MACD News Blog

Working Together to Restore Pheasants and Habitat in Michigan

Tuesday, March 22, 2011

Working Together to Restore Pheasants and Habitat in Michigan

Local Conservation Districts have partnered with the Michigan Department of Natural Resources and Environment, Pheasants Forever, Michigan United Conservation Clubs, U.S. Fish and Wildlife Service and the Michigan Department of Agriculture and Rural Development to restore habitats for Michigan pheasants. They are participating in the new Michigan Pheasant Restoration Initiative, which began in early 2011.

U.S. Senator Debbie Stabenow, chair of the U.S. Senate Committee on Agriculture, Nutrition and Forestry has voiced her support of this program. "Hunting and outdoor recreation is part of our way of life in Michigan,” she said. “This program lets our farmers and landowners get added value from their property while opening up access for hunting."

Conservation Districts are excited about the potential of this program to improve habitat, increase wildlife populations and improve small game hunting opportunities to Michigan's hunters," said Lori Phalen, Executive Director of the Michigan Assocation of Conservation Districts. "Districts are local units of state government that provide natural resource management services to Michigan's non-industrial private landowners.  The Michigan Pheasant Restoration Initiative (MPRI) provides an excellent opportunity to focus landowners on the benefits of quality grassland habitats that are critical to robust pheasant populations, as well as to many other game and non game species."

The beginning project will focus on three pilot zones:

    1) Huron, Sanilac, and Tuscola counties

    2) Hillsdale, Lenawee, and Monroe counties

    3) Gratiot, Saginaw, and Clinton counties

Michigan Conservation District staff will take the lead on financial and technical assistance. They will seek eligible landowners and provide guidance and assistance on habitat prescriptions for pheasants. To be eligible, landowners must work together to devote large blocks of land that could serve as a patchwork of different privately owned lands set aside for habitat. This is a cooperative initiative that requires a group of property owners to voluntarily agree to work together in "Neighborhood Cooperatives" to implement habitat projects.

Staff will also assist cooperatives in identifying federal, state, and private assistance for funding or implementing habitat projects. NRCS and Farm Service Agency (FSA) will provide funding to landowners through conservation cost-share programs to install these habitat restoration practices. Chapters of Pheasants Forever will provide free seed to landowners. In some cases, the MDNRE will donate the use of farm implements and planting equipment, and release live pheasant if the area is suitable. The MDNRE will also partially fund technicians for this project in the three pilot zones.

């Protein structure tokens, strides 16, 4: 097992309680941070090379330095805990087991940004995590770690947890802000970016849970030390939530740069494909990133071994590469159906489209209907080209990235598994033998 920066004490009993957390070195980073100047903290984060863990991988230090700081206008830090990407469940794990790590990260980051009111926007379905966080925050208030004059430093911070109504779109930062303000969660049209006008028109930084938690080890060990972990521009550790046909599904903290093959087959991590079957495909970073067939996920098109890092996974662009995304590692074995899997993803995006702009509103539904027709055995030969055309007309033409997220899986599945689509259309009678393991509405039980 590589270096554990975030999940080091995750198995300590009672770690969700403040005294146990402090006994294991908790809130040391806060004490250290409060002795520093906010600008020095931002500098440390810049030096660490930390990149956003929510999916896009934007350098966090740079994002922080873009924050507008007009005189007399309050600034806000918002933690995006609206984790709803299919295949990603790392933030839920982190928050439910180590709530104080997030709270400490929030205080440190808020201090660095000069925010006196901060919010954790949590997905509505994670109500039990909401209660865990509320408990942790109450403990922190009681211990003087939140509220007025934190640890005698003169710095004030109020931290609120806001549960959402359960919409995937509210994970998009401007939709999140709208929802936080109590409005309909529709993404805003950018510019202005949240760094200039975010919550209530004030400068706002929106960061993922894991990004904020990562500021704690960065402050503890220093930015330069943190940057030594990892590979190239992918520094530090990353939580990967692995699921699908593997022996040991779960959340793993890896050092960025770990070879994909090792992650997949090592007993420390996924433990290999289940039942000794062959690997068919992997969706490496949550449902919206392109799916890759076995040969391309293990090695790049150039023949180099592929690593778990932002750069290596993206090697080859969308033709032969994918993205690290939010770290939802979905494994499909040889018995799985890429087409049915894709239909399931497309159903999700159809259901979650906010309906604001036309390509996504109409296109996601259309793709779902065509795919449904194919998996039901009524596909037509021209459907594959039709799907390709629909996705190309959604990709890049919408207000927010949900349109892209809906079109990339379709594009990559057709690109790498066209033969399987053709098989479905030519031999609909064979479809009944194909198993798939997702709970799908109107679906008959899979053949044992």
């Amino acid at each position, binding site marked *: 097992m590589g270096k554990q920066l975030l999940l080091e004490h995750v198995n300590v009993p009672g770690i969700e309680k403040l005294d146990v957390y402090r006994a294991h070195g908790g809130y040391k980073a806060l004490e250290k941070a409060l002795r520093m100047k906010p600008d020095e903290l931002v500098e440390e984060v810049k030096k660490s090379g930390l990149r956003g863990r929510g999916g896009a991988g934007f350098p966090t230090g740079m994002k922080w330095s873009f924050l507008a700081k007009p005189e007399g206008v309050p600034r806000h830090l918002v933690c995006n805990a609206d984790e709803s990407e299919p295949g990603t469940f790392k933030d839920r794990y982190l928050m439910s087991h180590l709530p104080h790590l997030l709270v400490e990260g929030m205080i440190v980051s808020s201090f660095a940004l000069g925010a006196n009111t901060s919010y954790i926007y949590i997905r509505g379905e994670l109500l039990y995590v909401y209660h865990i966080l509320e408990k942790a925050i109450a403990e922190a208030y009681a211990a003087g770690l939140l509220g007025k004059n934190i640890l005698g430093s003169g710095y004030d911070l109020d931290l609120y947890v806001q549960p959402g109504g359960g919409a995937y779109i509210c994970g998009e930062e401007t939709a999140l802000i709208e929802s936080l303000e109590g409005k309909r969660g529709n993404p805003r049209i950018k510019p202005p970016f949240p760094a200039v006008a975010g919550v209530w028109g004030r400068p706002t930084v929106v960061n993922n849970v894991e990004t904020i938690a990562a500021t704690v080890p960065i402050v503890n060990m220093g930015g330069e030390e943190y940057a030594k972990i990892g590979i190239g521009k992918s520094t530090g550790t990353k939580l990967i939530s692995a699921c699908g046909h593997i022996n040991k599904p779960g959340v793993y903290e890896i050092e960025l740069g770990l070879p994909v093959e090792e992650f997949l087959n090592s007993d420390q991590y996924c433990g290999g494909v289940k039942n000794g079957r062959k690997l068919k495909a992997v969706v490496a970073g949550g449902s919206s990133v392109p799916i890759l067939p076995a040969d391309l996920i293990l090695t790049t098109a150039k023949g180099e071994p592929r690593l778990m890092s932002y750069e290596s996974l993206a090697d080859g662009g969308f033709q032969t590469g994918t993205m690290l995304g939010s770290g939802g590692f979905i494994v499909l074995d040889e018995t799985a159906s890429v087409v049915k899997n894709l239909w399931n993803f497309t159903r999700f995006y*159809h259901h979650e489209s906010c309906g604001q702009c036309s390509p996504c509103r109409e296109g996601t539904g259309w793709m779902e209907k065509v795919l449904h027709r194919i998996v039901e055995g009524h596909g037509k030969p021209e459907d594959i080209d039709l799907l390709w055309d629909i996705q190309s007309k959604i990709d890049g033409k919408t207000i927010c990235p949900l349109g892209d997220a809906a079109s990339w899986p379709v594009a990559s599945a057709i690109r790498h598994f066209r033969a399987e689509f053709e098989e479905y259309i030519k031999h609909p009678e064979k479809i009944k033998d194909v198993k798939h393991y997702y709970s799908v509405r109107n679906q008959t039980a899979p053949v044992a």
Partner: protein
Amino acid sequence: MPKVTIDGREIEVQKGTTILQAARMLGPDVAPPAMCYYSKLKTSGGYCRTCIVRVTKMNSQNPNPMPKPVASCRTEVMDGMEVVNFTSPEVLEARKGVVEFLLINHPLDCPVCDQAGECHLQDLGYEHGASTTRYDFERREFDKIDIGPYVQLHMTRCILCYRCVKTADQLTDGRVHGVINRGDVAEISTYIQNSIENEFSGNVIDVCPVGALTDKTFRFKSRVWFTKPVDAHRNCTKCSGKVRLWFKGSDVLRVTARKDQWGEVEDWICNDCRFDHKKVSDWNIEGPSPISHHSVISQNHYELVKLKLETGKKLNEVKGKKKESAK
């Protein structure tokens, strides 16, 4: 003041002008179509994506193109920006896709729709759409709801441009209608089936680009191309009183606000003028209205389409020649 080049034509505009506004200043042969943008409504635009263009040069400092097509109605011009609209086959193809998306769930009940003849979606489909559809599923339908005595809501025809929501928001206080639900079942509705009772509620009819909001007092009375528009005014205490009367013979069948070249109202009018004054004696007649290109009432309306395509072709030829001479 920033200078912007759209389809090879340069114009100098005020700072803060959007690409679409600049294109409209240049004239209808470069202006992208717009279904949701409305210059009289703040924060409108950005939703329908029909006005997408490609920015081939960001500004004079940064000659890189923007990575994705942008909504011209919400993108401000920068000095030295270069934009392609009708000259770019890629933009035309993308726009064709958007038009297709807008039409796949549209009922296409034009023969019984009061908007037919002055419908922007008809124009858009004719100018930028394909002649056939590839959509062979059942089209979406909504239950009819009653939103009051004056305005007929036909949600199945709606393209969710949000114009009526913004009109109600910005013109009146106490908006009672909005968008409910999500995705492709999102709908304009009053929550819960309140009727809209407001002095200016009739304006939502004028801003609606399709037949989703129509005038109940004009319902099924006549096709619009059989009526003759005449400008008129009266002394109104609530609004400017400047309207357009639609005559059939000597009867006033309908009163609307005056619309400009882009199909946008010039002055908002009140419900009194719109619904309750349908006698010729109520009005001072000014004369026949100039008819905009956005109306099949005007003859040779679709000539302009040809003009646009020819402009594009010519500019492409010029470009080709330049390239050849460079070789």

Landowners can also sign up for funding through the Conservation Reserve Program (CRP)a program is administered by the Farm Service Agency (FSA), a division of the U.S. Department of Agriculture in March and April. CRP is administered by the FSA with the Natural Resources Conservation Service (NRCS) providing technical assistance through conservation planning. Created in 1985, the CRP has been a useful tool for creating habitat for pheasants and other wildlife. CRP offers annual payments for 10-15 year contracts to participants who establish grass, shrub and tree cover on their environmentally sensitive lands.

If you are interested in participating in the Pheasant Restoration Initiative, form your own Neighborhood Cooperative, or find out where you can join a Cooperative please contact your local Conservation District found on the Michigan Association of Conservation Districts on the local districts page of this website.
. You can read more about the initiative on the wildlife page.

Michigan Association of Conservation Districts (MACD), a non-profit organization that represents the interests of Michigan Conservation Districts and works to strengthen Districts through leadership, information and representation at the state level.